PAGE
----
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Data Silos: Why CFOs Think This Is the Biggest Financial Mistake

Industrial Silos In The Chemical Industry

What are the biggest (or most common) financial mistakes most companies make? After posing this very question to finance chiefs across all industries and varying business sizes in a recent global survey, the leading answer became evident: data silos.

In the latest Adaptive Insights CFO Indicator Report Q3 2015, 69% of CFOs said that keeping information siloed in departments is the biggest or most common financial mistake that companies make today. How far do the silos spread across the organization? Nearly 40% of respondents said they’re currently managing data from three to five sources, while more than 20% said they’re managing anywhere from five to 10 sources.

In today’s business world, executive decision-makers are asking CFOs for a forward-looking view of the organization to help make the most well-informed and strategic decisions. As a result, CFOs are looking for ways to break down these data silos and create a single source of truth through which they can analyze the fast-growing amount of business data and provide a holistic view of cross-functional performance.

Learn How to Find Hidden KPIs You’re Missing.

A single source of truth is a dependable, accurate, and consistently updated source of data from across the business. It’s an inside look at the digital trace left behind by an entire organization’s activity—one that leaders of all business functions can accept as an accurate representation of their department’s performance, according to the most impactful key performance indicators (KPIs). It’s a centralized and easily accessible hub of information that provides a foundation for discussions about the state of the business today, so that executive decision-makers take the best course of action for tomorrow.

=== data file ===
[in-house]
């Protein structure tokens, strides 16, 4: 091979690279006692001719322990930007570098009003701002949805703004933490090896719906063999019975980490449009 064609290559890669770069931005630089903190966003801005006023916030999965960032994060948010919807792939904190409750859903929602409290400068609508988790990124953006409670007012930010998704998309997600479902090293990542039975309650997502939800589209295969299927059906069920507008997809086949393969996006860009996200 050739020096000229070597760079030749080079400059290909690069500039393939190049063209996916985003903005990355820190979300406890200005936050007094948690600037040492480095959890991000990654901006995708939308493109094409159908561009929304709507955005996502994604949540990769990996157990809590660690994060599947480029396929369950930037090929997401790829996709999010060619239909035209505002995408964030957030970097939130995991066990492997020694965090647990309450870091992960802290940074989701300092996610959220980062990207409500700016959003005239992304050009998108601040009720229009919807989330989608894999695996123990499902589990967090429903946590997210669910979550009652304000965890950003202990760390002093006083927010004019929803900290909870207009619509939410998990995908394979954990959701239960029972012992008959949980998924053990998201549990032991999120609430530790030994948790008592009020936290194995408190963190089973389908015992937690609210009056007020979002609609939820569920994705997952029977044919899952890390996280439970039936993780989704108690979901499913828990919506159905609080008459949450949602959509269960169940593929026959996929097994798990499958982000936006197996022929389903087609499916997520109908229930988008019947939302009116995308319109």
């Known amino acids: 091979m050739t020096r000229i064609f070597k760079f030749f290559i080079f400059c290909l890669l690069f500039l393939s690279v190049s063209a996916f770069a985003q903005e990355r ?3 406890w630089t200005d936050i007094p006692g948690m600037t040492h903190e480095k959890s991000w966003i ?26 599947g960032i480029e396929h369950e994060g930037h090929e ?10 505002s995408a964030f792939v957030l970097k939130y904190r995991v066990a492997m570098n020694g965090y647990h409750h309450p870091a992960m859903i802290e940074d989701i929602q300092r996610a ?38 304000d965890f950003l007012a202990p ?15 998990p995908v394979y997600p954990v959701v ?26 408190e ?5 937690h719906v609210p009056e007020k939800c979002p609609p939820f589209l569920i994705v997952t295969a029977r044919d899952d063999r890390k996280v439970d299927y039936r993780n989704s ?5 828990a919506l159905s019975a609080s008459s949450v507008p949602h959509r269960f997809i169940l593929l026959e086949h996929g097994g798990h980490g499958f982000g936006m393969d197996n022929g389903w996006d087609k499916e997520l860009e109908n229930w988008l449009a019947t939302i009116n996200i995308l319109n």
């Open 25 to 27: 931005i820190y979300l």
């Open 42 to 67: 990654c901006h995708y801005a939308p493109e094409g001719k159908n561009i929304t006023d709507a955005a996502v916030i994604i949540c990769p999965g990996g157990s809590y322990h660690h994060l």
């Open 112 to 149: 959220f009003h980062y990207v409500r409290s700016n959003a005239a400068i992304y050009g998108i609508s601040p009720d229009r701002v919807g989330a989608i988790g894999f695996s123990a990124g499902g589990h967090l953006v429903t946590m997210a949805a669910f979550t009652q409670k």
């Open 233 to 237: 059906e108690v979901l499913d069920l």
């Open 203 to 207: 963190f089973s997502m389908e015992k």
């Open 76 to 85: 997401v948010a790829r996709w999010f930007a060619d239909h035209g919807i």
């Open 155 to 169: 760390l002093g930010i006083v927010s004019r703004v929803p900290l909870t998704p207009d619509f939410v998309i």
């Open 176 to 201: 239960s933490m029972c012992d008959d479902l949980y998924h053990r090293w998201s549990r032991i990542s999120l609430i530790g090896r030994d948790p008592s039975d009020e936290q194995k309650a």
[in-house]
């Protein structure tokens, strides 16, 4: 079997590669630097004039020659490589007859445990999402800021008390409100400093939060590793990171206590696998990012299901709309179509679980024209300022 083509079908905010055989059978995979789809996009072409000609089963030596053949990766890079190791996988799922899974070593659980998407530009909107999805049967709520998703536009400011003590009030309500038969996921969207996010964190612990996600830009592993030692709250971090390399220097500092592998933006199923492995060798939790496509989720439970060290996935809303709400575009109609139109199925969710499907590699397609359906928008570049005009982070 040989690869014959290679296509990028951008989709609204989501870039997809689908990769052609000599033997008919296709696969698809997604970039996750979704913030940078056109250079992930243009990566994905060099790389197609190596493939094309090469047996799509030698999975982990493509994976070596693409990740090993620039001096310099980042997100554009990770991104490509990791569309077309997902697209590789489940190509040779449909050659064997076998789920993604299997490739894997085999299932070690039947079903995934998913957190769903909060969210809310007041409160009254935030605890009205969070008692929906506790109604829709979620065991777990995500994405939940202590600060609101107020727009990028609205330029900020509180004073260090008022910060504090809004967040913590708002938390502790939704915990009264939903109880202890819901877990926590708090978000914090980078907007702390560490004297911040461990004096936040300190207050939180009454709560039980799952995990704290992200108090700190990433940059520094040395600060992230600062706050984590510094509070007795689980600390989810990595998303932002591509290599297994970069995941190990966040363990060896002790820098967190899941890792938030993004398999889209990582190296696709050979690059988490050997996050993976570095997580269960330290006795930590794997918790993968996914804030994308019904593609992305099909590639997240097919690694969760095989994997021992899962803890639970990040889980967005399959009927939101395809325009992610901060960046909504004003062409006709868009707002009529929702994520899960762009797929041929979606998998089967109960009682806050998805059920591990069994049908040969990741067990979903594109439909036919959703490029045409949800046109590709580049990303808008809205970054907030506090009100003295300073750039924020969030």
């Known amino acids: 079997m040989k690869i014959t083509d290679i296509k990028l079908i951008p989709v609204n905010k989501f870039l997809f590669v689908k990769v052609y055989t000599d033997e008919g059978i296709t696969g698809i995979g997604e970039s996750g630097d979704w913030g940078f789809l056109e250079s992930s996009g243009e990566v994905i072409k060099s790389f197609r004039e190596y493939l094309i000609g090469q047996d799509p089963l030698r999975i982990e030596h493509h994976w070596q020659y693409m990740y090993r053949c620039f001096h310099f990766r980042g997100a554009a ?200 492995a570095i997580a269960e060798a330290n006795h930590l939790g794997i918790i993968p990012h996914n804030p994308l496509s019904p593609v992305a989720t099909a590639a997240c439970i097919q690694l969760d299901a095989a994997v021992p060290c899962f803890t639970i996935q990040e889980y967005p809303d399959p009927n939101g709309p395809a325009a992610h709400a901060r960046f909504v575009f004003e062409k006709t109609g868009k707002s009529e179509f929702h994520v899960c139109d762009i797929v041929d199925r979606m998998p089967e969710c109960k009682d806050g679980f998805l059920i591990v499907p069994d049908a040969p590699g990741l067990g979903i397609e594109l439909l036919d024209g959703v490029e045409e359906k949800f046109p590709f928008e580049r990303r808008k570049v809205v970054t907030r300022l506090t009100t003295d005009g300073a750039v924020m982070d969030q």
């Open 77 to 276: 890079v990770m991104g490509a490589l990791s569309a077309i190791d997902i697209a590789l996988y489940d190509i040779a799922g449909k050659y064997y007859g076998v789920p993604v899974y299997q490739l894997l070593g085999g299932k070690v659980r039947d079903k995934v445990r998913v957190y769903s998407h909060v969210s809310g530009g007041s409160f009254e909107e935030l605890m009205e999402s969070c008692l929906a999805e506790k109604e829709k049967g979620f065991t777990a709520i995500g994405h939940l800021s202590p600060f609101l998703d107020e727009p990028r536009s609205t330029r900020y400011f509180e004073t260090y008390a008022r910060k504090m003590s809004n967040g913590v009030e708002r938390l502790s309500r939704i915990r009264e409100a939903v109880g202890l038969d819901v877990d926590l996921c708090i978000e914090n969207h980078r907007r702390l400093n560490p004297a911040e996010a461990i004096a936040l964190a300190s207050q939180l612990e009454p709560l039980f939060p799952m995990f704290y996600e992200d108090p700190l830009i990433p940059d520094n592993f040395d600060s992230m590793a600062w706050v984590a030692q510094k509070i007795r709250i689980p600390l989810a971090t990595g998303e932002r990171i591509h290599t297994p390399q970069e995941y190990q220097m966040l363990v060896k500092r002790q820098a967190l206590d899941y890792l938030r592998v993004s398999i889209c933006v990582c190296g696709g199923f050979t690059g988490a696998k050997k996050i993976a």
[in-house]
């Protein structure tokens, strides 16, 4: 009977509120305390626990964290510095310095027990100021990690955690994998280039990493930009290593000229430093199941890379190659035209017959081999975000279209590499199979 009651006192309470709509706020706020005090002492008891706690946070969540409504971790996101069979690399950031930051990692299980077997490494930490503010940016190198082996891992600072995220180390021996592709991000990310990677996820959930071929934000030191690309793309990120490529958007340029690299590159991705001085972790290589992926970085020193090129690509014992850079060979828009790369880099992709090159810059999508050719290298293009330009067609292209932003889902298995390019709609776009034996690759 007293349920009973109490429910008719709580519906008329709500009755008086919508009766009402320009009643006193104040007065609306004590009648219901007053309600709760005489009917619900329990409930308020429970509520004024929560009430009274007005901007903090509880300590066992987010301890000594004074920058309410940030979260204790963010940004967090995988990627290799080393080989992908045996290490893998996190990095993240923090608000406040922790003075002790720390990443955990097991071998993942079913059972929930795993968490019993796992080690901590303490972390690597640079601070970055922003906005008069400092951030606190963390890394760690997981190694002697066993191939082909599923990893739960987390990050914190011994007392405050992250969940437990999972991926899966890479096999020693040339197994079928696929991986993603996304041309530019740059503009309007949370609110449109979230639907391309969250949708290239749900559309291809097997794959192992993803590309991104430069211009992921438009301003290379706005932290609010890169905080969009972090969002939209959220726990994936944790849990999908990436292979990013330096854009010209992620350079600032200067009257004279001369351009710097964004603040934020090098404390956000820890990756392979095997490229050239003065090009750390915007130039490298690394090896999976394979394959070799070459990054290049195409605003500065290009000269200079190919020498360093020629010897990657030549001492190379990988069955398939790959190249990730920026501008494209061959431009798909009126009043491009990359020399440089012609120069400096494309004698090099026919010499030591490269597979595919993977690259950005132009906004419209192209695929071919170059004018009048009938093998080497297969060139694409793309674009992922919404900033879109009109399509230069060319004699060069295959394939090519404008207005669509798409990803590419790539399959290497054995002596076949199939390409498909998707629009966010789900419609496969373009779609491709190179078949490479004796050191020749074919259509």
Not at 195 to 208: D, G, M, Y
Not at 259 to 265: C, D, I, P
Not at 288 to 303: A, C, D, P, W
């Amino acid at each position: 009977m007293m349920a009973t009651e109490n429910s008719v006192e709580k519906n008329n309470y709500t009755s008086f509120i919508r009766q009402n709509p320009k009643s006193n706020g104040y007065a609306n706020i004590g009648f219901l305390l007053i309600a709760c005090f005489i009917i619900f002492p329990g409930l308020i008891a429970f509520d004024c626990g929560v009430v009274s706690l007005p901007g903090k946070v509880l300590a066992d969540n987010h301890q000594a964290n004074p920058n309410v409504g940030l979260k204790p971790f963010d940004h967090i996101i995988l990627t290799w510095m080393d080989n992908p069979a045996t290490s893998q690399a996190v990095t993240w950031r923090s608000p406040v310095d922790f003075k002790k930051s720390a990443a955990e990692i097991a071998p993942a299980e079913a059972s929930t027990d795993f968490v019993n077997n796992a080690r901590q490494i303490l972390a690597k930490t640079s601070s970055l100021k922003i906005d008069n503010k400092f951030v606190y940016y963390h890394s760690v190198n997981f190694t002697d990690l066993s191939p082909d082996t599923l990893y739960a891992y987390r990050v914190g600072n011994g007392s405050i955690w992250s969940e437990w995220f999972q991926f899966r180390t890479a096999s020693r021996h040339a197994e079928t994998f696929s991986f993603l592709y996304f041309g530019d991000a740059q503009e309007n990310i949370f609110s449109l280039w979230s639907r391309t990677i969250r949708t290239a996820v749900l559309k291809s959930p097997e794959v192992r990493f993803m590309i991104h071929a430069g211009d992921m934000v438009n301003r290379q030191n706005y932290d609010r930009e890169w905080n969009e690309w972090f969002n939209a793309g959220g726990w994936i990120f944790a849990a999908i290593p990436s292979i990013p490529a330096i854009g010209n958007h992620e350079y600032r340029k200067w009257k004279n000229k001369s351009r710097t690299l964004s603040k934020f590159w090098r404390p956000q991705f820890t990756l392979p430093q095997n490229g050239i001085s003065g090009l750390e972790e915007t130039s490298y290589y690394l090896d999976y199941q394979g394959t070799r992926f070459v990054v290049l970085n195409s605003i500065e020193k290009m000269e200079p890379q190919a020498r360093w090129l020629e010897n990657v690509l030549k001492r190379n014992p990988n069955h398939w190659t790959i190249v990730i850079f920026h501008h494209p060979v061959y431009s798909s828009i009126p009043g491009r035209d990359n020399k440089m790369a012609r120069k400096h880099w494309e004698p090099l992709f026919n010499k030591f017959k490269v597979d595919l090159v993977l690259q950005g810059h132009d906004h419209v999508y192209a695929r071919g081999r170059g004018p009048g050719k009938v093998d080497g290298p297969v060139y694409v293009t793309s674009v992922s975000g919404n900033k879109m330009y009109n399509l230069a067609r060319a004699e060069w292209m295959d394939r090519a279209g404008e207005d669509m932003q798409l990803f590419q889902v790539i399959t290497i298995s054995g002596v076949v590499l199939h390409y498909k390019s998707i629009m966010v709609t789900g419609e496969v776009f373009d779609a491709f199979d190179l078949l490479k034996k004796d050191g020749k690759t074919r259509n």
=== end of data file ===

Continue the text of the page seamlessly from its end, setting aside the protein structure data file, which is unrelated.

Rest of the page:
Establishing that single source is easier said than done, as just 38% of survey respondents said their organizations have such a go-to source for accurate and widely-accepted performance metrics. Reaching this goal requires finance teams to embark upon a data journey littered with roadblocks, including manual data aggregation processes and a lack of cross-functional collaboration. These and other significant hurdles along the route can prevent CFOs from getting the information needed to become strategic business influencers and close partners to the CEO in defining the direction of the company.

So how can current finance chiefs guide their teams along this journey to establish a single source of truth? How much of a difference does that centralized source of information actually make for a finance team, and for the broader organization?

Answering the first of these questions is becoming increasingly vital. According to, the amount of available business data is doubling roughly every 12 months, and the general consensus among CFOs within the latest CFO indicator Report is that the amount of data finance leaders will be asked to manage will significantly increase over the next several years (Figure 1).